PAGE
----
The draft national policy on education is in public domain for more than a month now. Institutions, educators, intellectuals and the people have been putting forth their suggestions in this regard.The School of Education, Cluster University, Srinagar on June 29, 2019 also took upon itself bringing people together at IASE, Srinagar for discussion and suggestions how the policy is going to affect us in the coming years. Since the policy is quite overarching, spread across school education, higher education, teacher education encompassing research, governance and other key curricular and pedagogic areas, therefore, it is imperative to flag issues of concern. We require seeing the document in light of the previous policies, and how it proposes to restructure education to guide us towards the future. We know education is not, and cannot be neutral; therefore,we always require dissecting the ideology the any document is based on. There could be competing ideologies in education wrestling for the front birth, and perspectives too to how we see these ideologies in proper light; whether the document is forthright or diplomatic in the proposing the recommendations, whether the document shows inclusive and progressive spirit towards knowledge and education, or exclusive and greater puritanical predisposition.These, among others, are the various lenses that could be held in-between this document and ourselves so that we get a broad spectrum vision of the draft policy document. The people on the panel, among others, were Dr Farida Khan, Prof. Nadeem, Prof. Madhosh, Prof. M. Y Peerzada, Prof. Yasmeen, Dr. Parveen Pandit, Prof. Gul Mohammad Wani, Prof. Baqal, Prof. Rajeev Ratan, Dr. Seema, Mohammad Rafi, Prof. Manzoor Ahmad Parray, Syed Fayaz, Dr. Arif, Javed Banday, Ajaz ul Haq, Dr. M.S. Allie, Prof. B.A. Bhat, Prof. Munawar Syed, Fazl illahi, Naseem ul Gani and Aijaz Abdullah.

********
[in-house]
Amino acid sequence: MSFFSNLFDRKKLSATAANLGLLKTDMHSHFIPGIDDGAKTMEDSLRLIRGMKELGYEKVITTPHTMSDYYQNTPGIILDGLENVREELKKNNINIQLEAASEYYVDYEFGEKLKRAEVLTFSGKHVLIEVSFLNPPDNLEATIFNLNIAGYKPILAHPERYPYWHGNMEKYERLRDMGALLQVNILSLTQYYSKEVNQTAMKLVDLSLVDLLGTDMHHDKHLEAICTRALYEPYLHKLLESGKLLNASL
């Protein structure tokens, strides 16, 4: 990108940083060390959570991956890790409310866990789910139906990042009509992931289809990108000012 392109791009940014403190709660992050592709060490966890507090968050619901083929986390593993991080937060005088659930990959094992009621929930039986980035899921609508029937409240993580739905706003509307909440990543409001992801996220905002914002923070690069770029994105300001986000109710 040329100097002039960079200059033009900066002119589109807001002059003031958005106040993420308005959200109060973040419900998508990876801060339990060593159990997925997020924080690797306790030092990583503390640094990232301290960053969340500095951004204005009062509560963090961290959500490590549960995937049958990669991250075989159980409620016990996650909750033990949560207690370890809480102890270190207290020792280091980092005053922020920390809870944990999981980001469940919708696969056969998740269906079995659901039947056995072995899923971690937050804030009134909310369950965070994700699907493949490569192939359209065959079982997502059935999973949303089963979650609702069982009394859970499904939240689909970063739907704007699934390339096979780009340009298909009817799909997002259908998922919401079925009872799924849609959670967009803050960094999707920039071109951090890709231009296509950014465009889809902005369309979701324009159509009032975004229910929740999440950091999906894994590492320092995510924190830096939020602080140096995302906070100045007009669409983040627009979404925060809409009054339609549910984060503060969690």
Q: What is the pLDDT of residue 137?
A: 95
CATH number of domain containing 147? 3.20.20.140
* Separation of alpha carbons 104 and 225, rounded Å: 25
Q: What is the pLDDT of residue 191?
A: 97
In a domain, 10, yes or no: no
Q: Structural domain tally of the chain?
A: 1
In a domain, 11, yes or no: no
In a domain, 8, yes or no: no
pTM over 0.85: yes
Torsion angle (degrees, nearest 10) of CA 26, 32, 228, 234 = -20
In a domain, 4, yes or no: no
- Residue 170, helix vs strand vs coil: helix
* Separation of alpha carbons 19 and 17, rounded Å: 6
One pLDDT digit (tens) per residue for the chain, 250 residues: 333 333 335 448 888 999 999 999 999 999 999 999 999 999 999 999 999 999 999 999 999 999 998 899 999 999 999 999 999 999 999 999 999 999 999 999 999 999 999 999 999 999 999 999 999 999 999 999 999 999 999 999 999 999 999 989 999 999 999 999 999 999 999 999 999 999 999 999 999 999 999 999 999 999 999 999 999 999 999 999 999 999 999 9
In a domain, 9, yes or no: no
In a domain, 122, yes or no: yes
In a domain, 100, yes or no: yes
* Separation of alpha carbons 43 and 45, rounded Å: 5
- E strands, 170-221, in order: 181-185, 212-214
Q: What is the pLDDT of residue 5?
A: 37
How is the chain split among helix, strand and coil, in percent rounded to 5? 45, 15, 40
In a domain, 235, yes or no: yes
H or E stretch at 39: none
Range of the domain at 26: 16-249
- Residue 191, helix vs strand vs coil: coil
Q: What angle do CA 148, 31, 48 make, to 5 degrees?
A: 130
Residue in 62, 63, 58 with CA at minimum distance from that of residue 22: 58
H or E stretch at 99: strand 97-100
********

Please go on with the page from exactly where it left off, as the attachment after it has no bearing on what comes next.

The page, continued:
There are certain general points that could be taken as aprelude to the suggestions that came up during the seminar. These generalpoints are:
1. Whatconstitutes knowledge of India: Chapter 11 ‘towards more liberal education’goes thus: ‘Departments of languages (especially Indian Languages), literature(especially Indian literature), music (including carnatic, Hindustani, folk,and film), philosophy (especially Indian philosophy, including Buddhist andJain philosophy), Indology and the study of India, art, dance, theatre……..”